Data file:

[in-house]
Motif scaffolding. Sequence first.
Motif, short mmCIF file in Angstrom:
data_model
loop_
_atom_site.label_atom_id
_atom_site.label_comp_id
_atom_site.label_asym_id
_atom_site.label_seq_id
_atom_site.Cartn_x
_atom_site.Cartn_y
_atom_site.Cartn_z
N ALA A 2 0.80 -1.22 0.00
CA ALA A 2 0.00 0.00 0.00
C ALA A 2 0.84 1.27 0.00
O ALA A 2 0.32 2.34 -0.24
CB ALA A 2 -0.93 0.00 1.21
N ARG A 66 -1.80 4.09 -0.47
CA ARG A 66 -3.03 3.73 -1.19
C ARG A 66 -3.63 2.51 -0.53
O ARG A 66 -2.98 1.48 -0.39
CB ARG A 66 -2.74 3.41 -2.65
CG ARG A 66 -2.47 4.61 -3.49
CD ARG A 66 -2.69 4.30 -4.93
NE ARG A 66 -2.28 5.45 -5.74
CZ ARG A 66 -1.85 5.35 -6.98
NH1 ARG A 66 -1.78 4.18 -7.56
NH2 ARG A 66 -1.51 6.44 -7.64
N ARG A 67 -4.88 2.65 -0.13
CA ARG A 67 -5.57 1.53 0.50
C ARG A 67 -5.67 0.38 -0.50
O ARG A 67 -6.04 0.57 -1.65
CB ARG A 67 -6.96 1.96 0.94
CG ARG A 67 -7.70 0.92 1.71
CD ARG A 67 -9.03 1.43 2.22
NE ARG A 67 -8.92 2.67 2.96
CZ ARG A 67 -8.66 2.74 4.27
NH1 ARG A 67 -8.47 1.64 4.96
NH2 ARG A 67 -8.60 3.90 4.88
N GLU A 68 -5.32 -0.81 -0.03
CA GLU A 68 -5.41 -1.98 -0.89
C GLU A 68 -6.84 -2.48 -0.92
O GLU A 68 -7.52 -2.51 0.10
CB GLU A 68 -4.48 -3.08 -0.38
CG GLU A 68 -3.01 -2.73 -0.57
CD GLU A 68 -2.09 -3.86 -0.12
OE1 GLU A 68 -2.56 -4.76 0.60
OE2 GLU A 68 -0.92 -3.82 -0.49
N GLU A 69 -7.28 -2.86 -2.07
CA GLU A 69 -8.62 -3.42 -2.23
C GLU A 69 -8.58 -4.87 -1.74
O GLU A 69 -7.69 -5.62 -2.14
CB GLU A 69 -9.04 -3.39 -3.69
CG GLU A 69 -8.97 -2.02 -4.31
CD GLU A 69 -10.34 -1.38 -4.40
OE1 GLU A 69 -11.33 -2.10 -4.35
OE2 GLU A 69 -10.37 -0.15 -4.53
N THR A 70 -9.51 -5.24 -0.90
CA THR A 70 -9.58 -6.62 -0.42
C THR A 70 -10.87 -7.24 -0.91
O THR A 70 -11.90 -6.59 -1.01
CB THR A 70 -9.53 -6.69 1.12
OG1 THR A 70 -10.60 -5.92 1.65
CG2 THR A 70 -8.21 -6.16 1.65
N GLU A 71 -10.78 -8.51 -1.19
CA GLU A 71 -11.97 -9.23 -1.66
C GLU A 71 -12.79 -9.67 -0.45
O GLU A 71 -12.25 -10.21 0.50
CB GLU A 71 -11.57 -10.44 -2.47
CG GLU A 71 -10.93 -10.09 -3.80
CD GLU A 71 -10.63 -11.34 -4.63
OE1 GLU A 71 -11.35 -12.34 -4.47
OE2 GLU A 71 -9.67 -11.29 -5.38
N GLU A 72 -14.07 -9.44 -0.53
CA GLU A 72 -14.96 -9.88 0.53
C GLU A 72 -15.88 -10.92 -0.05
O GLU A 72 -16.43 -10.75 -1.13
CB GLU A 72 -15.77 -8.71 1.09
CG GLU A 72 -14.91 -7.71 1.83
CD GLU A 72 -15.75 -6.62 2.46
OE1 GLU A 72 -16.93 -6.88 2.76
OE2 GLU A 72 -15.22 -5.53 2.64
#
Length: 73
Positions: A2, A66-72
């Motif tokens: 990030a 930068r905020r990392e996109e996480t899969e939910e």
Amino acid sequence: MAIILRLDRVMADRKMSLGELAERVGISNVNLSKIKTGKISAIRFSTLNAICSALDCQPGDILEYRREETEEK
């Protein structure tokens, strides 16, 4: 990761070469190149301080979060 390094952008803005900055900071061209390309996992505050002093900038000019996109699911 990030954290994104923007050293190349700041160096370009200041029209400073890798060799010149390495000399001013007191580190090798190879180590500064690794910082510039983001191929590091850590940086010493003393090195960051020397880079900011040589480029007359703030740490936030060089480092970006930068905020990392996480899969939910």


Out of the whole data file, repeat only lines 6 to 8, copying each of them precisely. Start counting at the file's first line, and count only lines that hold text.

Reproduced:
_atom_site.label_atom_id
_atom_site.label_comp_id
_atom_site.label_asym_id